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Opinion: How would I, a refugee in Ireland, vote in this election?

Voting is a privilege and homelessness is the biggest challenge, writes Evgeny Shtorn.

Image: PA Archive/PA Images

I AM A stateless person.

This means no government on our little planet will allow me to vote for or against it. I am a refugee in Ireland.

This also means that this country will be home for me likely for the rest of my life.

I got refugee status just a few months ago, and it means that I do not have the right to vote in the general election. 

Before that, I had spent nineteen months in direct provision. 

So I am not biased, and I can speak from my heart without advocating for anyone in particular since my only option is to imagine what I would vote for if I had a chance.

Ireland’s issues, from my perspective

As a person who has lived in a few countries, I can agree that every country and society has heaps of different problems, difficulties and challenges.

In Ireland, for some people, the health system needs as much attention as a centralised system of garbage removal, while for others, public transport challenges are just as important.

But from my point of view, the core problem is the lack of affordable housing for everyone.

I know young Irish IT-specialists who share flats and despite a good salary from multinational corporations they can barely afford to buy a house without family support.

I know internationally recognised scholars from different countries who have obtained positions in the best Irish universities and cannot afford to rent a flat. I won’t go into the details of other issues they face such as the impossibility of getting an appointment for the Irish Residence Permit (IRP) (formerly GNIB card) or other struggles that only non-EU citizens know.

In any case, these examples are still success stories. Imagine the poor and the disadvantaged who do not have a roof over their heads.

The privilege of a vote

So if I had a chance to vote, I would vote for the right of all people in Ireland to live in privacy and decency. I would vote for a government that realised the right to accessible housing.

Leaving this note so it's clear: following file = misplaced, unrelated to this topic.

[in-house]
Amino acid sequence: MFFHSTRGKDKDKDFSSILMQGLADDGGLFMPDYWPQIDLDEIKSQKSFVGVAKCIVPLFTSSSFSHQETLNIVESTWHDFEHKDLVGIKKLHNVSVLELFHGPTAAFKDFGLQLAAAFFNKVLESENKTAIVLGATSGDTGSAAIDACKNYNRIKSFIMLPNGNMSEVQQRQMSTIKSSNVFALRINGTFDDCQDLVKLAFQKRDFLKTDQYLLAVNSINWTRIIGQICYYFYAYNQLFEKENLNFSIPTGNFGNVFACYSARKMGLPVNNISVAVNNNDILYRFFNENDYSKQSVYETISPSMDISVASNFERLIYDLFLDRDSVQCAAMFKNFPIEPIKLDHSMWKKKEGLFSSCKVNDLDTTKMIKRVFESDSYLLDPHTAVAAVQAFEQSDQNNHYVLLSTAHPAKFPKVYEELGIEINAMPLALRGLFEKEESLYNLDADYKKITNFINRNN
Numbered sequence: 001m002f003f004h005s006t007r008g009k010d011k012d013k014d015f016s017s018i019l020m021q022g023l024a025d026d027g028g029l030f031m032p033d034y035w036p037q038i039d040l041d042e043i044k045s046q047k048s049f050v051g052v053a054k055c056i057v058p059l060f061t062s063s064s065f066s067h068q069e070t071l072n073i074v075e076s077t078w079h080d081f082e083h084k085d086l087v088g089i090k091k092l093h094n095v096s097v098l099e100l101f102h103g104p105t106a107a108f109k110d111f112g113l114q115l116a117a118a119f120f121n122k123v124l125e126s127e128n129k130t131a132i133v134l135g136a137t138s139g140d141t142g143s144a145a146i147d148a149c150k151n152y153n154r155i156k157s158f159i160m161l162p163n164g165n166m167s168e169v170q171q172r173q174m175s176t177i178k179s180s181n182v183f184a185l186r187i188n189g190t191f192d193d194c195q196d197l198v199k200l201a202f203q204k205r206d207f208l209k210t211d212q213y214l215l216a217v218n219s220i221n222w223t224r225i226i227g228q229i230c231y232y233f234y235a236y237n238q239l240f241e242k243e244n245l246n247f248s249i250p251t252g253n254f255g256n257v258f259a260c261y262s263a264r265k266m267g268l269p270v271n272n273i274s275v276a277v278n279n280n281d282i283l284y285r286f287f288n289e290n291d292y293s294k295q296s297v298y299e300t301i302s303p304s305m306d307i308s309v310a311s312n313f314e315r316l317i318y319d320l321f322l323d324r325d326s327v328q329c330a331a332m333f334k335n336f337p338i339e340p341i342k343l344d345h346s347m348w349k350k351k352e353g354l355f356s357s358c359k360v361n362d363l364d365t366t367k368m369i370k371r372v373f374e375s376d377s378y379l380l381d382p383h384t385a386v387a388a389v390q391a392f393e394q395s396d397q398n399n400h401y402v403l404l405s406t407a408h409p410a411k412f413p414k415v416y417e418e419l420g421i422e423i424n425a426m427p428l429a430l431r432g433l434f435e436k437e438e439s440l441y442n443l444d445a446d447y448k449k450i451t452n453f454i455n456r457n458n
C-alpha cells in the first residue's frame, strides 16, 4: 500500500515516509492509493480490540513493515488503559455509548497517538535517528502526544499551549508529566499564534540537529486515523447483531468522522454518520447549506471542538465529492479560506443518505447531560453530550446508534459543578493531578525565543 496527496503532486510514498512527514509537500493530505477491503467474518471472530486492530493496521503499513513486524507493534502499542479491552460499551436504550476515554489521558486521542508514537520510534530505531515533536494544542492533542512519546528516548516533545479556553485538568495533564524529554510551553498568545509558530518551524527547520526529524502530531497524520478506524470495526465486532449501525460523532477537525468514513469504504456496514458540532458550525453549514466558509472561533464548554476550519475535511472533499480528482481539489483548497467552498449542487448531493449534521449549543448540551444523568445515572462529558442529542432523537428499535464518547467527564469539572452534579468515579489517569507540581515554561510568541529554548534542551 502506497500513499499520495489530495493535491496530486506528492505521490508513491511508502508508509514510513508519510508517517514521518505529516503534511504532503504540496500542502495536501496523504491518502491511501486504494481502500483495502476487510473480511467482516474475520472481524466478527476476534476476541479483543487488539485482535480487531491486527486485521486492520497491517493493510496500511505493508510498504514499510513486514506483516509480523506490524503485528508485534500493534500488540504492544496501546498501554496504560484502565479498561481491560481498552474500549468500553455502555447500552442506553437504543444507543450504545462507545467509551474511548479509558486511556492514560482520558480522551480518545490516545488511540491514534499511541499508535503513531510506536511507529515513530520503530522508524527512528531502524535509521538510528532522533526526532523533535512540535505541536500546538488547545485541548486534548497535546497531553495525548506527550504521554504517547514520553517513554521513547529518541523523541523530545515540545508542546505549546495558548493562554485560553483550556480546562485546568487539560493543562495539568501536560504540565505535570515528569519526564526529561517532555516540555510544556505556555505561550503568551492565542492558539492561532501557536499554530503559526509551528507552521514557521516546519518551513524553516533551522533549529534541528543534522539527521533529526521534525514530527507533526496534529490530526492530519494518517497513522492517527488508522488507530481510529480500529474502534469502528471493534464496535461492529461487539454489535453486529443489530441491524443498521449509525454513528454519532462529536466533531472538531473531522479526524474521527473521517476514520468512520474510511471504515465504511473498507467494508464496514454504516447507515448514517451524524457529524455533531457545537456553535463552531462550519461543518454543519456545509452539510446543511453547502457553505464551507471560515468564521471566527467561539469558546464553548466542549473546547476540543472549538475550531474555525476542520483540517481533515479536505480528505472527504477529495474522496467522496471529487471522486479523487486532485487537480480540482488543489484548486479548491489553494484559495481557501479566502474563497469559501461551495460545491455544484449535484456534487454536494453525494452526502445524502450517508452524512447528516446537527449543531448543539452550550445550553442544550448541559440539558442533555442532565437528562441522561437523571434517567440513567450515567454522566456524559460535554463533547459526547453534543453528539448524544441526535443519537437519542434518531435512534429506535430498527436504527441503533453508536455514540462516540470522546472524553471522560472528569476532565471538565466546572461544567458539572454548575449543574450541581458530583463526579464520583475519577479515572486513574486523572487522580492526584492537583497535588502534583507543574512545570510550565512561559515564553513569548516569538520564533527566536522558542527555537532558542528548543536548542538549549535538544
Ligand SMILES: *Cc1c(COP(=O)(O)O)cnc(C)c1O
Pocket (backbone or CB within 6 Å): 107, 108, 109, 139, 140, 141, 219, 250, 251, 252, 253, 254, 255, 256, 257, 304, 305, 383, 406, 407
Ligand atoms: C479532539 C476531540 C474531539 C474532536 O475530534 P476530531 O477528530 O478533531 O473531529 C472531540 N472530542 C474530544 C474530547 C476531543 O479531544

When looking at political parties, I would vote for the party that understood that a country cannot develop if a good chunk of its population is homeless.

It should be considered part of the housing problem when people live with parents, share flats, rooms or sometimes beds with friends, or in a more likely scenario live with a stranger, in direct provision, homeless hubs, deteriorating houses and in social housing ghettos in Irish cities.

I would consider it a privilege to have a vote, and if I could, here’s how I would vote:

  • For the right of immigrants who came here to make a living and not to sleep in overcrowded rooms somewhere around a city square, in old and cold Georgian house being eaten by bedbugs; for their right not to just work minimum hours and another 40 in the shadowy markets to afford a room.
  • For the rights of people who came to study English and for the rights of their teachers who are self-employed unprotected freelancers.
  • For the rights of people who claimed their fundamental human right for international protection not to live in direct provision for unforgivable lengths. It is damaging for those waiting years for their asylum application to be processed while losing their professional skills. They are being institutionalised and alienated to such an extent that basically live in fear.
  • I would vote for the rights of those who sleep on the streets, those who suffer from addiction, those stigmatised and rejected by modern capitalism.
  • For the very simple and clear idea that society fails every time someone sleeps in corridors of a hospital or on a bench in a park.

While holding a polling card, I would enjoy that I could elect people to the high corridors of power – not those who wish to be elected at any cost, but politicians who would plan to build a better society.


One thing you can’t escape during an Irish election is the posters. I would suggest that instead of these posters with photoshopped faces of candidates, these politicians could rather print what they stand for.

Let them say what their programmes are, what improvements they intend to make. I was in Ireland during the Repeal the 8th Campaign. The streets were lined with progressive messages. One was motivated to constantly stand for the right of every woman to control her own body.

Now, instead of the faces of politicians, I would love to see in every single lamppost of Ireland how candidates plan to end homelessness, direct provision and overcrowded hostels for migrant workers – for those who don’t have a say in this election.

Evgeny Shtorn is an LGBT activist, organiser, and researcher from Russia. In 2018, he was forced to leave Russia and claim international protection. He currently works as a Cultural Diversity Researcher at Create – National Development Agency for Collaborative Arts in Dublin. He is a co-facilitator of ‘Something From There’ project in the National Gallery of Ireland. 


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